Every plastic surgery procedure has numerous issues that every patient who is undergoing a procedure should know. These explanations are always on a consent form that you should read in detail before surgery. This consent form, while many perceive as strictly a legal protection for the doctor, is actually more intended to improve the understanding of the jaw angle implant procedure. The following is what Dr. Eppley discusses with his patients for this procedure. This list includes many, but not all,of the different outcomes from surgery. It should generate both a better understanding of the procedure and should answer any remaining questions that one would have.
Jaw angle augmentation can be done by temporary fillers although they do not produce the same angular and well defined effect as an actual implant. There are no bony moving alternatives to creating a jaw angle enhancement effect. Another alternative would be to not place an implant at all.
The goals of jaw angle implant surgery is to create a more visually apparent L-shape to the back part of the lower jaw. This could be to simply widen the jaw angle one already has, to vertically lengthen the existing jaw angle, or some combination of both. Jaw angle implants are often part of an overall jawline enhancement effort.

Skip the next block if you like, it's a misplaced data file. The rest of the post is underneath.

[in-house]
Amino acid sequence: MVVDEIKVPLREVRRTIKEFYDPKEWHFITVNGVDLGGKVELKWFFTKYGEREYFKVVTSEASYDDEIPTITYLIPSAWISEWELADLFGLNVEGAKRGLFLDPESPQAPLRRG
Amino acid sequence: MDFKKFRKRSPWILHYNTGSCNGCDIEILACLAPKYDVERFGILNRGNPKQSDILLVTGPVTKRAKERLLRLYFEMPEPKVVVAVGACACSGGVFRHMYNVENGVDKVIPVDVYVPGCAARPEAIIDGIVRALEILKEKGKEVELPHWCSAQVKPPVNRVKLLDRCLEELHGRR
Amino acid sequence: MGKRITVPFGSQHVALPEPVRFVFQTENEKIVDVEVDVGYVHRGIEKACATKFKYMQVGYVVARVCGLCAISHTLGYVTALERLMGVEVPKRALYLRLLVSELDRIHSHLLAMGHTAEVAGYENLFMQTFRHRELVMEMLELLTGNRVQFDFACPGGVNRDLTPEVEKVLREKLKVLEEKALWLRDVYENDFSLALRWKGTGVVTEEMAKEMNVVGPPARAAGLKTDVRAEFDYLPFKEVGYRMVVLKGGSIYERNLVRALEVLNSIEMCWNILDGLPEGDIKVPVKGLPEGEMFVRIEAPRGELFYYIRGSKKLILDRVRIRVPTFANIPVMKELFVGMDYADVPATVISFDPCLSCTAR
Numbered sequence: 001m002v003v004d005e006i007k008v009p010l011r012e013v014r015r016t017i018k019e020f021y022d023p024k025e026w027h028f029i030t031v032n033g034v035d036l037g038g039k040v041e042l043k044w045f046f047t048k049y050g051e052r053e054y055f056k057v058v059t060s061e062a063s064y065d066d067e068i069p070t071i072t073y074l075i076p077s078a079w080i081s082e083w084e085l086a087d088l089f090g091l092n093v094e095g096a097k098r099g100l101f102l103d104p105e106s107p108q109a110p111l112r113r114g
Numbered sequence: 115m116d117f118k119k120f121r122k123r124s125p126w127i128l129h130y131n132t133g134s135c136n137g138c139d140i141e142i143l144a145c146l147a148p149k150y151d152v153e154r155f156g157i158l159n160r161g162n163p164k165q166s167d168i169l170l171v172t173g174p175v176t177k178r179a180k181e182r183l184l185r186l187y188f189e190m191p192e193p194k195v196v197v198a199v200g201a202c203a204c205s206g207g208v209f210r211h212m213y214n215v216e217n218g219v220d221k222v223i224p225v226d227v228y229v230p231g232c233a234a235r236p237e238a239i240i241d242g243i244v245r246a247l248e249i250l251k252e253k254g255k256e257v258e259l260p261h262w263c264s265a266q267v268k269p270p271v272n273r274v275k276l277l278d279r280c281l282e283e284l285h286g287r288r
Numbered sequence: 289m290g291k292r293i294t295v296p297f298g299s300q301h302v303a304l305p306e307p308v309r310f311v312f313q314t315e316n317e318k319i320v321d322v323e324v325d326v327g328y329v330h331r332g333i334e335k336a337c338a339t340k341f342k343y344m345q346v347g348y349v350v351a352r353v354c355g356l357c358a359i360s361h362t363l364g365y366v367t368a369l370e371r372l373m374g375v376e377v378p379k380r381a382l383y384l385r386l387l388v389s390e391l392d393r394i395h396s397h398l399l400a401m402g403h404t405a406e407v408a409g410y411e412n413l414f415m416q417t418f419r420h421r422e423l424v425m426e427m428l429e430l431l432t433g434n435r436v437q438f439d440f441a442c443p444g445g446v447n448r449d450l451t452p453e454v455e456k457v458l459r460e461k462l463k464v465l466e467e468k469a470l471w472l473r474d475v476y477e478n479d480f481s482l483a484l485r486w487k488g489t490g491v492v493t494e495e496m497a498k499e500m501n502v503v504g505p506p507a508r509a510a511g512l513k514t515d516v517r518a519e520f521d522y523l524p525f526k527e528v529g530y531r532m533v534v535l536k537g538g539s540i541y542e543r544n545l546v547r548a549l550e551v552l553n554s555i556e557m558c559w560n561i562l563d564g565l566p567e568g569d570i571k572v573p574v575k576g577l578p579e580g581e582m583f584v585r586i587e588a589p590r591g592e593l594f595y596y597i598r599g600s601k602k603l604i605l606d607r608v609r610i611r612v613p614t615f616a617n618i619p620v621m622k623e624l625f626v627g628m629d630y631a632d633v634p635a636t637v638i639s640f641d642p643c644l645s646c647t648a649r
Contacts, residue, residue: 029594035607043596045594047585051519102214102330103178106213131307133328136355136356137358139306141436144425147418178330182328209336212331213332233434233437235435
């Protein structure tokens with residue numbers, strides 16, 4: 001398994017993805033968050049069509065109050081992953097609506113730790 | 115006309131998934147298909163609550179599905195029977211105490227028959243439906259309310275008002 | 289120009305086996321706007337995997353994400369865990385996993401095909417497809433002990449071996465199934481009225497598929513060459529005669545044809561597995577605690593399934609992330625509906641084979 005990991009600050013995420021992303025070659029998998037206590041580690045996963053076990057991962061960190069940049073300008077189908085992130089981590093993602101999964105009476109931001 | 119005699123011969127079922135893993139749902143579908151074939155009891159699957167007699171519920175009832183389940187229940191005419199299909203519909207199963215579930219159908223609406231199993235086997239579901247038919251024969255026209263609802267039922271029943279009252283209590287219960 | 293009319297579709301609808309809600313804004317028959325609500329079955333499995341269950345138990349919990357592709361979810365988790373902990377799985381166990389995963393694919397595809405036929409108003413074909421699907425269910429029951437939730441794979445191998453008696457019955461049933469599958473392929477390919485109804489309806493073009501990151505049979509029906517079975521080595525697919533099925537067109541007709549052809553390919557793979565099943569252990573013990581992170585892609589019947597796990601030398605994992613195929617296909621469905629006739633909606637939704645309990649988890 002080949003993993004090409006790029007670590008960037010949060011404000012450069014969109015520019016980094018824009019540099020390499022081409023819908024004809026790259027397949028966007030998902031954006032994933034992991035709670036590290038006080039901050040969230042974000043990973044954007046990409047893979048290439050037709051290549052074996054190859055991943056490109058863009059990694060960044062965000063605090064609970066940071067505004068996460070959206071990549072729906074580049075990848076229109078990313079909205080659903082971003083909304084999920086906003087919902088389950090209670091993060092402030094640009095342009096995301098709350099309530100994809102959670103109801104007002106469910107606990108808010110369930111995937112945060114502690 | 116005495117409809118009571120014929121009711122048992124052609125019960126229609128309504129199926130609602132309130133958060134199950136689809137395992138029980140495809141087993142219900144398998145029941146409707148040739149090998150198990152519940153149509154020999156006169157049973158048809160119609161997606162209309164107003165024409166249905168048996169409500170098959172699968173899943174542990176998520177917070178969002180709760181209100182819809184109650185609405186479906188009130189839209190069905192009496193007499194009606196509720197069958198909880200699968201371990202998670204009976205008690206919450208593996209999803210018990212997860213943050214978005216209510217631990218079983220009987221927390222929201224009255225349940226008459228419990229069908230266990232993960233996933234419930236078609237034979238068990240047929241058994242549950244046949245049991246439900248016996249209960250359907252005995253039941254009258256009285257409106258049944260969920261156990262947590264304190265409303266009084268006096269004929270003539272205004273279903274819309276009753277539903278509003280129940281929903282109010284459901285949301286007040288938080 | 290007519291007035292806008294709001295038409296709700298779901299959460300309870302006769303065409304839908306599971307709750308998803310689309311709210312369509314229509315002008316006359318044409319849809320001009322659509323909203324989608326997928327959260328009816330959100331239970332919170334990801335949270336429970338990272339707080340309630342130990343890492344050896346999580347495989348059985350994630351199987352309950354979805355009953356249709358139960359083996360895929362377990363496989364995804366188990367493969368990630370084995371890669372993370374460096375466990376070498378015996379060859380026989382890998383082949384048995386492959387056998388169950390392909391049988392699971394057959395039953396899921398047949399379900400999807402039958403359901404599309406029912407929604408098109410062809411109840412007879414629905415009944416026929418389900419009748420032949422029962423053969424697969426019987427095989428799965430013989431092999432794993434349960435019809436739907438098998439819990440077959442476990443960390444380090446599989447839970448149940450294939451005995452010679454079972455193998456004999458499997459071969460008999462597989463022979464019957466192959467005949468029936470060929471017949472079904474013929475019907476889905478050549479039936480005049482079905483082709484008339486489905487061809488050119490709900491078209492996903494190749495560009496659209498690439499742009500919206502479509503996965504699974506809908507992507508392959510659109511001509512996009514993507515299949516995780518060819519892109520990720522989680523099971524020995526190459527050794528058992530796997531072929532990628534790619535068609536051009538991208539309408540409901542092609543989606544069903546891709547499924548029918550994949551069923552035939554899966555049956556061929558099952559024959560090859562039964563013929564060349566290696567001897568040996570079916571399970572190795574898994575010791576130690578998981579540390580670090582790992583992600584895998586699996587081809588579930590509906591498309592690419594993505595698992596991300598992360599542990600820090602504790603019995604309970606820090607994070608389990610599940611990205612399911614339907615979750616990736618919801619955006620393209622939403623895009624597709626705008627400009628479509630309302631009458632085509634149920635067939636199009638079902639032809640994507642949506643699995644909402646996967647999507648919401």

The amount that the shape of one’s jaw angles that can be changed is limited by the thickness of the skin covering the implant and the size and shape of the underlying jaw angle bone. While different sizes and styles of jaw angle implants exist, the final shape that the back part of the jaw will assume after augmentation is limited by the size and shape of the underlying bone on which it sits as well as the thickness of the soft tissues over it.
Expected outcomes include the following: temporary bruising and swelling around the jaw and neck, temporary numbness of the inside of the cheek, and the skin over the jaw angle and a fine small scar inside the mouth through which the implant was placed. Jaw opening will be stiff for a few weeks after surgery. It often takes weeks to several months for the swelling from surgery to completely resolve and the final shape and contour of the jaw angles to be seen.
Significant complications from jaw angle implant surgery are rare but may include postoperative bleeding and infection. More likely but also uncommon complications include aesthetic deformities such as asymmetry and irregularities of the jaw angles due to either a natural asymmetry to the jaw angles or differences in implant placement between the two sides. The implants may also be either too big, too small or otherwise do not create the desired aesthetic effects. Any of these risks may require revisional surgery for improvement.
Should additional surgery be required to adjust the position of the implant or change its size or shape, this will generate additional costs.